Our forefathers in the hacking movement had it figured out. They were not concerned with the nature of open source legal contracts and the implications of how to share what, where, when, and how much. They provided everything needed to recreate the design. You could build and tweak and have fun with the hardware. They did not insist that you use the same pen and paper they used to draw the schematic, nor that the design for the pen they used be fully open and documented. They did not insist that you used the same drafting table, soldering iron, or wire cutters.
Engineering is about using tools build stuff! Making is not about the tool used. If you spend too much time getting caught up in philosophical arguments, you are wasting valuable time in which you could bebuilding cool stuff.
All that being said, I posit that an open design is one akin to the Popular Electronics model:
With that information, you have everything you need to create, modify, tweak, and hack the design. Certainly having the raw design files and toolset is useful, but not necessary to get work done. In most cases, users are not trying to use those files directly. It is more important to see the design so that you can hack it or derive new work using your tool of choice. While it may give a software guy a warm, fuzzy feeling to have source for the tool available, it is not requisite to get work done. A hardware guy is going to take that design and build it his way.
Someone may argue that the tool used to create the schematic and artwork needs to be open so that it can be rebuilt 40-years down the road. Would you honestly use the same tools that the author did 45-years ago when the wah-wah pedal article was written? Outside of a quaint experiment in antiquities, absolutely not! Everything from the soldering iron, drafting table, and pen used simply does not matter. The author provided all that I need to recreate this design using the tools I have now! That is the essence of open hardware design. As long as I have the vital information about the design, I can problem solve to make it work with the tools I have.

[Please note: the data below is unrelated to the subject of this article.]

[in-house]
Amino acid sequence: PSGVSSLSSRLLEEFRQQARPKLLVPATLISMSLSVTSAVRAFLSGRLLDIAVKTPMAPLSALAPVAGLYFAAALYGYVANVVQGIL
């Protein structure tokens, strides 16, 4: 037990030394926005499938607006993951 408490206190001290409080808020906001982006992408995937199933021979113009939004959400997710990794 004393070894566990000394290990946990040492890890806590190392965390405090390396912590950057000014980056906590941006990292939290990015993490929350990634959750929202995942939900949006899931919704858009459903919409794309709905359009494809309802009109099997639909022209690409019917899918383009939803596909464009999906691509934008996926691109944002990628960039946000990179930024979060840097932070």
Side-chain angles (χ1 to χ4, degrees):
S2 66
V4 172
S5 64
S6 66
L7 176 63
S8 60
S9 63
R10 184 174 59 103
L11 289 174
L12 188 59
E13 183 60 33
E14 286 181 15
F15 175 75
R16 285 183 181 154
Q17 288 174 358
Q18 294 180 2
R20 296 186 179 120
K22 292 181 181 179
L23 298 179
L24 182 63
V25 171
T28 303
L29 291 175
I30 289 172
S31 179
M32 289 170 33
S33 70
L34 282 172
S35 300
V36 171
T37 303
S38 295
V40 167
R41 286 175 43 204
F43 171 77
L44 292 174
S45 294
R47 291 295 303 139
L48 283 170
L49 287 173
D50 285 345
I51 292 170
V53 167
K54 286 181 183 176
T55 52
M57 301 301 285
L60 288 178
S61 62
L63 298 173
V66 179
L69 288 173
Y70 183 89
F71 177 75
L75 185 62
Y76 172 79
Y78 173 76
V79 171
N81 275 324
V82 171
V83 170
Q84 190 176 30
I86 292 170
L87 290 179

It should be noted that the overwhelming amount of “open” designs to date have been done using EAGLE. This has nothing to do with anything other than it is free (as in beer, not freedom) - EAGLE is a proprietary tool!
So, the next time you are caught up in a philosophical debate over open hardware (it happens to me all the time…), think about Popular Electronics. Have you provided a theory of operation document for the user? Or have you just created a file dump with open tools? Are you trying to check box something to appease a GPL philosophy, or are you really trying to share the design?
There are currently efforts on defining what Open Hardware is and what can use the “gear” logo: http://www.oshwa.org/2015/09/19/open-source-hardware-certification-version-1/
While I appreciate the effort, the reality is that most folks of an engineering or maker ilk are not going to abide by this to avoid a fine. The maker will simply release what he will release. Hardware is a completely different animal. My observations have been that much of the discussion is coming from software folks. Maybe it is time to tap some old grey beards who have been doing hardware since well before the current crowd was even born. But then again, they have already done it! This is old news! Just readPopular Electronics. They did not care about the religious aspect, they focused on making cool hardwareand describing how it worked. It seems like that aspect - the primary objective! - has fallen to the wayside.
For myself, It doesn’t matter whether EAGLE, CircuitMaker, or KiCad exists in five or ten years (though I hope they all do). I will be making and sharing with what I have available under the assumption that future tinkerers of the world will be willing to work with the tools they have available. The design isnot the tools. The design is an abstract concept. That is what I really want to share, and what I want to access.
That is the essence of open hardware.
Originally published at CircuitMaker.